Stockton is a fascinating and interestingly very close suburb of Newcastle, but a 500 metre stretch of water (the Hunter River) has determined this small suburb is effectively an independant community and a long way from ‘town’. Stockton had its beginnings independently from Newcastle, and more importantly its own history born out of the Stockton Colliery. It is the only suburb of Newcastle that lies to the north.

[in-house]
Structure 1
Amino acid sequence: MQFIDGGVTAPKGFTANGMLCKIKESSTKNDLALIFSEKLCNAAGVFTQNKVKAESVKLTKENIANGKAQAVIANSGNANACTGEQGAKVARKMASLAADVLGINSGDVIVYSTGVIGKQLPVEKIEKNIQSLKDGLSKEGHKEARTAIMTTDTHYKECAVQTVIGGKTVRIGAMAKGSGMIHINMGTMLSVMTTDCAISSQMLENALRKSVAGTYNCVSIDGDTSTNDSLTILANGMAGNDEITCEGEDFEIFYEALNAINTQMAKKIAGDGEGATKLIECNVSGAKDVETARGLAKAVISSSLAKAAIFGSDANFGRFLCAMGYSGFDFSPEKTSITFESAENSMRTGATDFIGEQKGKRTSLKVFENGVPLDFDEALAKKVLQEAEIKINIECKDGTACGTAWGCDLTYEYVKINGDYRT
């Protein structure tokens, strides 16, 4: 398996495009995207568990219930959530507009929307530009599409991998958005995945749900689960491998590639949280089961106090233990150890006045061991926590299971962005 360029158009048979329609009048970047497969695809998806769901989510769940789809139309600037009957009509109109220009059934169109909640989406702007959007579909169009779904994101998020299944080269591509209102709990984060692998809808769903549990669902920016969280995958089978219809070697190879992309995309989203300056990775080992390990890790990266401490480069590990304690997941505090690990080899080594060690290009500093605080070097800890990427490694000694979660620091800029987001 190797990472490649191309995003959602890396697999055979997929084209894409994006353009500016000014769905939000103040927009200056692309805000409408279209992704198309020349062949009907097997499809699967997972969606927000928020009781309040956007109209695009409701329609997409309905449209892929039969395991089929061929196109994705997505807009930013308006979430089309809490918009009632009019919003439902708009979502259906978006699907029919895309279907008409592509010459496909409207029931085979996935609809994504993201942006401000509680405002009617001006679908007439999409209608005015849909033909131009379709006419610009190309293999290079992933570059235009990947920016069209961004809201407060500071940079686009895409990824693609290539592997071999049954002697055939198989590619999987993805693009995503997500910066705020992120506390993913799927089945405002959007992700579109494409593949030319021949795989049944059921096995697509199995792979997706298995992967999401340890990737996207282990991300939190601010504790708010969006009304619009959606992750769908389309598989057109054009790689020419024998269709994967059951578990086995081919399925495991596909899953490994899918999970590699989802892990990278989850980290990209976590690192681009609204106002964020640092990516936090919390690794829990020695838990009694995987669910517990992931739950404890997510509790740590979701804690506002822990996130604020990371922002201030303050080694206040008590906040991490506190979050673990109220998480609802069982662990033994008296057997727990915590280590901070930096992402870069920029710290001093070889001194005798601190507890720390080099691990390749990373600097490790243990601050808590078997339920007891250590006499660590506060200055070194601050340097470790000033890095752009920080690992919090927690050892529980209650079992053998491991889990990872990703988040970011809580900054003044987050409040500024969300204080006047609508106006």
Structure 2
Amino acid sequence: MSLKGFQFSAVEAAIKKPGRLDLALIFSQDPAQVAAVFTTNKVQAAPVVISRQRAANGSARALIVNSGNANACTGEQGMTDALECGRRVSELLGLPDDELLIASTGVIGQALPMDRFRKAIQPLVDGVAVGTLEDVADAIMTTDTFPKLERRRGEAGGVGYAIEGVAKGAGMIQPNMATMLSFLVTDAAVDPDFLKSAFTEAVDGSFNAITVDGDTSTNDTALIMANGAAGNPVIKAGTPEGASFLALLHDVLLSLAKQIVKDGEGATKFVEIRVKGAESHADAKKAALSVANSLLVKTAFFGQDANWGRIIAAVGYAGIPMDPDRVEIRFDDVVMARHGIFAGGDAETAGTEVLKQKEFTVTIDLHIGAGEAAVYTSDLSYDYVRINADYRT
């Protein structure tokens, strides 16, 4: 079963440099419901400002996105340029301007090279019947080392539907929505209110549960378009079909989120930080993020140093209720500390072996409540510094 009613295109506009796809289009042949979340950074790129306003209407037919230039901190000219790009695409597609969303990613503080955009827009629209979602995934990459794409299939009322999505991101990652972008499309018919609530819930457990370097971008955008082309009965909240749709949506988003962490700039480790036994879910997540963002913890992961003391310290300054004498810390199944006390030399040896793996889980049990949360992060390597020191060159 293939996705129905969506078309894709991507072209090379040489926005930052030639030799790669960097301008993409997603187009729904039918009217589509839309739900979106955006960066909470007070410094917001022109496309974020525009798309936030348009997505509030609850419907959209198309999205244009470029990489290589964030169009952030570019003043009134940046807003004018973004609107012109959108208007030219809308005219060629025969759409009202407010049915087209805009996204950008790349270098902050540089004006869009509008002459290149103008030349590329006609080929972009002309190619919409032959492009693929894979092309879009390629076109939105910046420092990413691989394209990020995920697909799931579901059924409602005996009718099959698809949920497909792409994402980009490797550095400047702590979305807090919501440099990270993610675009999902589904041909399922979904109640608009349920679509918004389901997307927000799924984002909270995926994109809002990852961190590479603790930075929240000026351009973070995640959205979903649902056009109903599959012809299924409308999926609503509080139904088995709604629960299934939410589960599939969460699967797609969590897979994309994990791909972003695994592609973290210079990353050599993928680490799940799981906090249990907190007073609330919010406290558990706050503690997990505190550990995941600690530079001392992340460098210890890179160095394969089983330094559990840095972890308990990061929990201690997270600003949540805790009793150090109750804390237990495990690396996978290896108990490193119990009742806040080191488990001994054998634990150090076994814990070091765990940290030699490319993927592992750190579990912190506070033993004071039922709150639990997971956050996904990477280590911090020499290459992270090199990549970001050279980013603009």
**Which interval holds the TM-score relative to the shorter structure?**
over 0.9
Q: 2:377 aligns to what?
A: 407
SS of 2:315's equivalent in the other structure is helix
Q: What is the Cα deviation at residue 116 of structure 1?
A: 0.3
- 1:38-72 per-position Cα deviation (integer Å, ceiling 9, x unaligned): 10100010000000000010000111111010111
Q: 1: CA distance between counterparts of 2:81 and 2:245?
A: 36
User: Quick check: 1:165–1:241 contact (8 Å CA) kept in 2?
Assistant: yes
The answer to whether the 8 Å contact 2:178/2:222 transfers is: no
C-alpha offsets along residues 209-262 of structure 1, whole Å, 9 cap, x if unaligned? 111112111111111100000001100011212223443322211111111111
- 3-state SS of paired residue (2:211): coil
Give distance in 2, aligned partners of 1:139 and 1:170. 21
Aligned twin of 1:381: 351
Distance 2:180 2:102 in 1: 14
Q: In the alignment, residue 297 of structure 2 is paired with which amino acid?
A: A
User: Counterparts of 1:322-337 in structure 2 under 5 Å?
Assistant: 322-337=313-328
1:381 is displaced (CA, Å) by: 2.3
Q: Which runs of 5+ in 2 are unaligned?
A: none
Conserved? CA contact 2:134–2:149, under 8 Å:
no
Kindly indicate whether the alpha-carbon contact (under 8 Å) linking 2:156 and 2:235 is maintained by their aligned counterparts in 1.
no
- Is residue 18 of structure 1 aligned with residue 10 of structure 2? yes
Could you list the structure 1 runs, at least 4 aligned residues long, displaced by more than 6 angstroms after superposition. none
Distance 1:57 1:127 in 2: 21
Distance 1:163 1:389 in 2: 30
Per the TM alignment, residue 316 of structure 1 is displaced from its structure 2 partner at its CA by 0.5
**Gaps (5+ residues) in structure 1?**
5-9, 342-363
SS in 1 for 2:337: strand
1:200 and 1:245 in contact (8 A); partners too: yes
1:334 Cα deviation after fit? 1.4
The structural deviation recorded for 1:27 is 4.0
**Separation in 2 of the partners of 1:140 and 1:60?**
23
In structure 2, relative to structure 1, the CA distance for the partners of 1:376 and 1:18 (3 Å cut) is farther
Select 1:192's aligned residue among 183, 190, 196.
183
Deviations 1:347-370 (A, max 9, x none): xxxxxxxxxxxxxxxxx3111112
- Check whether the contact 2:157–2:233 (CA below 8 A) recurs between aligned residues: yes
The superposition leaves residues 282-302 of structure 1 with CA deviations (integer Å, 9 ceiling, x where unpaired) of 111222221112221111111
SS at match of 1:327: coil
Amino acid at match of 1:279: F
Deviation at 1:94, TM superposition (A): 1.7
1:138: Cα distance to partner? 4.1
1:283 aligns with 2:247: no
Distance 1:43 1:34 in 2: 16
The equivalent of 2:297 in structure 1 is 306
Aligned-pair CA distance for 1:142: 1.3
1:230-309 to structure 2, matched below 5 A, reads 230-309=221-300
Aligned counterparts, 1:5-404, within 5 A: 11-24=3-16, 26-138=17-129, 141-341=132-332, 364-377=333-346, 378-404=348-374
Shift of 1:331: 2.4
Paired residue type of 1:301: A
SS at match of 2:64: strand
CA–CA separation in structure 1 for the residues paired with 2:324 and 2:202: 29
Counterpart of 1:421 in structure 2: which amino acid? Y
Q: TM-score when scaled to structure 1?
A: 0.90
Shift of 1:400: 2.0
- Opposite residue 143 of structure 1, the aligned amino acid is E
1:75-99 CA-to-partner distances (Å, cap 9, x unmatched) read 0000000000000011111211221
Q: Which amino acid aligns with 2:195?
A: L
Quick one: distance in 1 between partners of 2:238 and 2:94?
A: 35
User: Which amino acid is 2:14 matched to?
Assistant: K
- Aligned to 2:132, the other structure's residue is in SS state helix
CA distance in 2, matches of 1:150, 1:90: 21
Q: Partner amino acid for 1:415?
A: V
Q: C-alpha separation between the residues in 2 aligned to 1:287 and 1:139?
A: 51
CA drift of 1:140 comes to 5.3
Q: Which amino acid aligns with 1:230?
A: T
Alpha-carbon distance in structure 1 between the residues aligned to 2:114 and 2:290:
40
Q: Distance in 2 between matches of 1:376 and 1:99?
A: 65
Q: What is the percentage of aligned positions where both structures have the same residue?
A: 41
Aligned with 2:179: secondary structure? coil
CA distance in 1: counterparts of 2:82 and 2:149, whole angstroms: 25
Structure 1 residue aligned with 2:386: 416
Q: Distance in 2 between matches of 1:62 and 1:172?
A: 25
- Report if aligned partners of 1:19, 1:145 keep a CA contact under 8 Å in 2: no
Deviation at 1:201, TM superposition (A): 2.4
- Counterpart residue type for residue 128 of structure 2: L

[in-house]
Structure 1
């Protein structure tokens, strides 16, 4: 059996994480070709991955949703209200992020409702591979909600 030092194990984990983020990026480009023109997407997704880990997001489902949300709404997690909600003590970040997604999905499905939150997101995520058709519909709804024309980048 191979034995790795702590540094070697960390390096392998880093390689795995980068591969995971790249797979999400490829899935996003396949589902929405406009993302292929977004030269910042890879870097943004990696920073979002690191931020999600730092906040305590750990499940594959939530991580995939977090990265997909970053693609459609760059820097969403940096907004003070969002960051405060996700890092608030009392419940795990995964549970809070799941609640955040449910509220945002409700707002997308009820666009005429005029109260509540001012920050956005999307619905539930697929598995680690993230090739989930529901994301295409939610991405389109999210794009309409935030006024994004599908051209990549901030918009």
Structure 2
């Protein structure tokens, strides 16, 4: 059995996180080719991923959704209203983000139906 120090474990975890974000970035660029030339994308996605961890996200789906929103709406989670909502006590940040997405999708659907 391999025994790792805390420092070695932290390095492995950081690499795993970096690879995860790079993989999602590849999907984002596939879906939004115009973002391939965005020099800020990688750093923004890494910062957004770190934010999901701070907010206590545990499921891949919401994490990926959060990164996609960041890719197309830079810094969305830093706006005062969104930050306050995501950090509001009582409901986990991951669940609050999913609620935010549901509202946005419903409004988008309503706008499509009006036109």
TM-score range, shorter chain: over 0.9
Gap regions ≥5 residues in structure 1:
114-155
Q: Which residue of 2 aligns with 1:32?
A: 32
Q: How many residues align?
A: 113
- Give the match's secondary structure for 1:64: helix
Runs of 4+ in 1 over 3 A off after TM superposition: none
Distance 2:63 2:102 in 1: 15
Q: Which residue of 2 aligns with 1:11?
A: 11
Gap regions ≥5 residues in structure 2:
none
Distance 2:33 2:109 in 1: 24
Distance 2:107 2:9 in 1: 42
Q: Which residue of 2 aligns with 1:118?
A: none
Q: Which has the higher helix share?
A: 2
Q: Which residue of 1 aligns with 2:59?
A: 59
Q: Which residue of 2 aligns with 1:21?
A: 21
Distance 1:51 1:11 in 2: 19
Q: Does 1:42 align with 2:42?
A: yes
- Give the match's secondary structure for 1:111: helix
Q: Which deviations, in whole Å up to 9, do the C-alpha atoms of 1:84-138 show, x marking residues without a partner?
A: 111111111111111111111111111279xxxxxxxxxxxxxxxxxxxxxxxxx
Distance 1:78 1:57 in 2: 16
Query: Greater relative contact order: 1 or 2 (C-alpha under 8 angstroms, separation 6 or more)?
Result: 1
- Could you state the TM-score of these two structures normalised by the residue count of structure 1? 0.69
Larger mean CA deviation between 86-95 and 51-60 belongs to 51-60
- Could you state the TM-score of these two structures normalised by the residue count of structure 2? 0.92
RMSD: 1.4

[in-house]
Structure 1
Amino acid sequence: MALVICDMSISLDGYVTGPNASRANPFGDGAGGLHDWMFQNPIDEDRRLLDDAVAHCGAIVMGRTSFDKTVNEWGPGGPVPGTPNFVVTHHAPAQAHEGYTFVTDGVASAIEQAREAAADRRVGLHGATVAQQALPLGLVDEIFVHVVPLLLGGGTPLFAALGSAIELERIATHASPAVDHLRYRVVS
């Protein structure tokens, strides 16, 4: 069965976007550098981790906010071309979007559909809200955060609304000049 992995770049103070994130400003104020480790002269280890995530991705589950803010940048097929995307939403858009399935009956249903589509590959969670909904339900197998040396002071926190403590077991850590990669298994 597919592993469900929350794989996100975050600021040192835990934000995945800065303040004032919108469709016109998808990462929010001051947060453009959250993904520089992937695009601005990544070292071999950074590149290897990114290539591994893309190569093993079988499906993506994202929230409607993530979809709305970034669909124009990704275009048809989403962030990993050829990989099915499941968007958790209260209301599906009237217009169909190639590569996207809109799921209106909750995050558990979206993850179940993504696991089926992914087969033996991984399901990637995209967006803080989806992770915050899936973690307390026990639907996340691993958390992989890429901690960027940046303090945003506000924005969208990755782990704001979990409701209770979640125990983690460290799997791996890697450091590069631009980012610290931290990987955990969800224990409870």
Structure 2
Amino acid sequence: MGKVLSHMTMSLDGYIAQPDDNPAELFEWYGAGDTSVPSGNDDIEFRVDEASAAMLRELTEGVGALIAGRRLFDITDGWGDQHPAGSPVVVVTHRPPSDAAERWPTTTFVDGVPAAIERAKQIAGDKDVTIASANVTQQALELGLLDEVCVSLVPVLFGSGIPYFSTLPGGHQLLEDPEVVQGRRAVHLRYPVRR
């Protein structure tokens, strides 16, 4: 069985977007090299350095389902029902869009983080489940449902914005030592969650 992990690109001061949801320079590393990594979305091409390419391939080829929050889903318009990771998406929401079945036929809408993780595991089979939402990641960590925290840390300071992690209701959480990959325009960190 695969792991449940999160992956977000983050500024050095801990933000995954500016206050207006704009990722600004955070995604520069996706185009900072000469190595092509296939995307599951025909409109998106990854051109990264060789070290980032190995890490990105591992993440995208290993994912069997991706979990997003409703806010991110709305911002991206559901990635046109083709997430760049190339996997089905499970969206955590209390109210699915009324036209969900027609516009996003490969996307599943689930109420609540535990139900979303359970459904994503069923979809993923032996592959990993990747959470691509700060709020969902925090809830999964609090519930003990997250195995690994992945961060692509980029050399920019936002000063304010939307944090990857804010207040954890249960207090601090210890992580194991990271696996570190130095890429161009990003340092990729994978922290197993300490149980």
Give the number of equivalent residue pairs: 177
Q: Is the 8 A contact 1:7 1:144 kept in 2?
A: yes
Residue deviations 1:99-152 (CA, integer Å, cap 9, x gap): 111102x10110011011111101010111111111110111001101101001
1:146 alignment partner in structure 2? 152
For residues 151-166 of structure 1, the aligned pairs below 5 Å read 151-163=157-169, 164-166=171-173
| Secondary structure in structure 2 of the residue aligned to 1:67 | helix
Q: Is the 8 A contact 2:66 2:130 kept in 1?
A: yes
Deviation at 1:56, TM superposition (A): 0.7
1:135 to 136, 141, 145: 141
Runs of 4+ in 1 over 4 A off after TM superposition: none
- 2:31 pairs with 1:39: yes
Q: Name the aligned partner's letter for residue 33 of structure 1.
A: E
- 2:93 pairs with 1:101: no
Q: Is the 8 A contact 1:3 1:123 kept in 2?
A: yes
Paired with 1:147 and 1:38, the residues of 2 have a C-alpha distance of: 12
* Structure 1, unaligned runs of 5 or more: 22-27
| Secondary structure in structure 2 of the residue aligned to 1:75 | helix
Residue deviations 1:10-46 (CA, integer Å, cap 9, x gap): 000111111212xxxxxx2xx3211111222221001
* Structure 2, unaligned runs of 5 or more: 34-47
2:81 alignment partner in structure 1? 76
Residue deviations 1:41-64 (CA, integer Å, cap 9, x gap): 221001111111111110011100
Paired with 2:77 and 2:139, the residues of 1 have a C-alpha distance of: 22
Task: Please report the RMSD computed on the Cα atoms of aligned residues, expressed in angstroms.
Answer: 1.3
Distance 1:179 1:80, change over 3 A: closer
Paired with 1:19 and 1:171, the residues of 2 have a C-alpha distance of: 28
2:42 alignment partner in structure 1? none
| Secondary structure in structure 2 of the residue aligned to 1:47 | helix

Stockton was settled almost as soon as the foundation of Newcastle in 1797. But for much of the 19th century it served as an industrial and mining base. In 1896 tragedy struck the local colliery, in which a gas leak killed 11 people. It has become a working-class dormitory suburb during the 20th century, and remains so today for its 5000 residents. The reason for the name has not been ascertained.
Although a town with a million-dollar view, Stockton is proudly a working-class suburb. In recent years, however, the town has begun to re-invent itself with a push for young professionals to move in from other centres. Until now Stockton has not grown and there is some evidence of heritage priority.